Host of advisers jostle for $85 million fees from LSE-Deutsche Boerse deal

LONDON (Reuters) - It took a staggering 11 banks and 30 named bankers to seal the $30 billon (£21.2 billion) tie-up between Deutsche Boerse and London Stock Exchange Group(LSE).

The roll call was included in Wednesday’s announcement of the deal to create a European trading powerhouse to see off competition from U.S. rivals. But the list would be longer still if it included the lawyers, PR advisers and accountants that will no doubt claim a slice of the fee bonanza.

The 11 banks will be fighting for an estimated fee pot of $85 million, according to Freeman Consulting/Thomson Reuters estimates.

Acting for LSE, Barclays, Goldman Sachs, JPMorgan, RBC Capital Markets, Societe Generale, UBS and boutique Robey Warshaw could share up to $40 million in fees, according to the estimates.

On the Deutsche Boerse side, Perella Weinberg Partners, BofA Merrill Lynch, Deutsche Bank and HSBC will clamor over roughly $45 million.

Lead advisers are likely to take the lion’s share of the fees. Many of the banks and advisers named on the roster were added as the deal unfolded. When news of the potential merger first broke, only Robey Warshaw and Perella Weinberg Partners were named as advisers.

Advisory boutique Robey Warshaw is fast becoming the go-to bank for UK Plc. It has advised on three of the largest ever deals involving British companies in the past year.

Deutsche Boerse’s main adviser is Andrew Bednar, of fellow boutique Perella Weinberg. Bednar and his firm led the talks for New York Stock Exchange (NYSE) on its ill-fated attempted merger with the German bourse in 2011/12.


Even for a potential $30 billion deal, the large number of advisers is unusual.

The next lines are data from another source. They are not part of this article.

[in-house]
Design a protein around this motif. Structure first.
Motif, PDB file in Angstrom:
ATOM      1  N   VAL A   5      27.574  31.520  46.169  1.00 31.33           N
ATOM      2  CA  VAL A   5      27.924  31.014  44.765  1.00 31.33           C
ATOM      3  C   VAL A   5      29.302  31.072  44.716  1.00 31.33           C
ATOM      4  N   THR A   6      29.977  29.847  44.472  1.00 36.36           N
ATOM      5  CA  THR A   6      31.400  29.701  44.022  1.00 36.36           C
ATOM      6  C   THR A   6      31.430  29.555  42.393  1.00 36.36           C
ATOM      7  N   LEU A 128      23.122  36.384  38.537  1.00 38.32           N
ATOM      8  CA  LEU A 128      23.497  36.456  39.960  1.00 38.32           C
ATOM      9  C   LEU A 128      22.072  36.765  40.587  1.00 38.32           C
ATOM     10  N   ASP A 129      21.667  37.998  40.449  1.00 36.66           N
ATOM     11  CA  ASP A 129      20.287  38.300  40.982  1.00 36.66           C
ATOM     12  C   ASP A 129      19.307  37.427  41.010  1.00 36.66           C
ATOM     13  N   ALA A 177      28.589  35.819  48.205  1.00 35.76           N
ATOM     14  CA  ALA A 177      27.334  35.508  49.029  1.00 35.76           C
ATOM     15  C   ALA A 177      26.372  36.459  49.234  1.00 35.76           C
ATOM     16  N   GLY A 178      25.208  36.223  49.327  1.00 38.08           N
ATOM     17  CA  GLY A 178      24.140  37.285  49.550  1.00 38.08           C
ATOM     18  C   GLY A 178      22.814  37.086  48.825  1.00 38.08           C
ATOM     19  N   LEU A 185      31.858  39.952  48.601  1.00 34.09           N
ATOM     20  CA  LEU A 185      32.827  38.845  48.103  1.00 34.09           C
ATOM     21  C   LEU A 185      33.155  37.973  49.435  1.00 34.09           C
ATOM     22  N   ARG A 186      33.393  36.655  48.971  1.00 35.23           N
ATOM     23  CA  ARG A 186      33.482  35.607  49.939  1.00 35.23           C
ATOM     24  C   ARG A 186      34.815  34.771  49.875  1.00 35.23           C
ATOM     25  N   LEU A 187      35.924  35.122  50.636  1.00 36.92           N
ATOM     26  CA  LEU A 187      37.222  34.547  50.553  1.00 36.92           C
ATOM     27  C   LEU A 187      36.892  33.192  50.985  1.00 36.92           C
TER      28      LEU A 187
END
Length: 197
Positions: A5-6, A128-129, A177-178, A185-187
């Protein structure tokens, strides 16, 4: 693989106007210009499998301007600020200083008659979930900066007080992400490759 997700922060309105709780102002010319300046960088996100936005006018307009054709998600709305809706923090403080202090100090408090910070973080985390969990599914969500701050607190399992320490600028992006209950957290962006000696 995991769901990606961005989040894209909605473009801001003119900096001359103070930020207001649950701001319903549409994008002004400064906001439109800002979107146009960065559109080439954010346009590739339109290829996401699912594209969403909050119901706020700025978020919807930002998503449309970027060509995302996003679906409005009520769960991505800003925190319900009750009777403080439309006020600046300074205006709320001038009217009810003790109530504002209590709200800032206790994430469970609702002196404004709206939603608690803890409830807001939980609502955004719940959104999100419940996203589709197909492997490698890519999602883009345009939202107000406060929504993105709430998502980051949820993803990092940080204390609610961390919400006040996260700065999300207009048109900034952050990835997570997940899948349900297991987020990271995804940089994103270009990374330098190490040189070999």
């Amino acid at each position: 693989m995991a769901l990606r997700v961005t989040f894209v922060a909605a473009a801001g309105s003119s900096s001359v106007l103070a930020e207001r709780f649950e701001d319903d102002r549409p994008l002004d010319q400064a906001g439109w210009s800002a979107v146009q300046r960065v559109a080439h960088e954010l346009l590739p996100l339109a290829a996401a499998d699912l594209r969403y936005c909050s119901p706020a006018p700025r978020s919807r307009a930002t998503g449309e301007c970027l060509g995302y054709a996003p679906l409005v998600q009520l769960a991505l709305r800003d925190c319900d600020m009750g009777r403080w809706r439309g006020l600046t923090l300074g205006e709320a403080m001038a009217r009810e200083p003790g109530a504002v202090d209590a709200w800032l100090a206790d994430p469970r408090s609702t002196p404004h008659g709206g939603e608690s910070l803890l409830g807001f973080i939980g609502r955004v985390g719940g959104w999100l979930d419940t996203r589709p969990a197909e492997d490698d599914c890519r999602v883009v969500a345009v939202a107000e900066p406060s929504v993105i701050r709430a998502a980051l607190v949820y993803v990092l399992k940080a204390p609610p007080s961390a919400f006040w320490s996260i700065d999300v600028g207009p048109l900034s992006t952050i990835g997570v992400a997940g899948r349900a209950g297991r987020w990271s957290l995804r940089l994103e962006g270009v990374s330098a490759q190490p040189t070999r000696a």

When Royal Dutch Shell announced its $70 billion takeover of British energy company BG Group in April 2015, only three banks were involved in the transaction.

Nine banks shared the spoils when Glencore took over Xstrata in 2012, while seven handled the merger of Holcim and Lafarge and related asset sales.

That the deal was between financial markets operators could well be a factor, say sources.

“All these banks were brought in at the very end to preserve confidentiality. But they are all important customers, so if we could please them with some league table credits, why not do it?” said one source speaking on condition of anonymity.

And, the deal is not done yet. A takeover battle for LSE could yet ensue.

NYSE owner Intercontinental Exchange has already said it might make a rival bid for LSE, while CME Group is actively considering bidding, people familiar with the matter have told Reuters.

Fee estimates exclude any underwriting or arrangement fees to finance the acquisition. If Deutsche Boerse finances the all-share merger through bonds or loans, it will need to pay between 0.3 percent and 0.8 percent in underwriting/arrangement fees.

Editing by David Goodman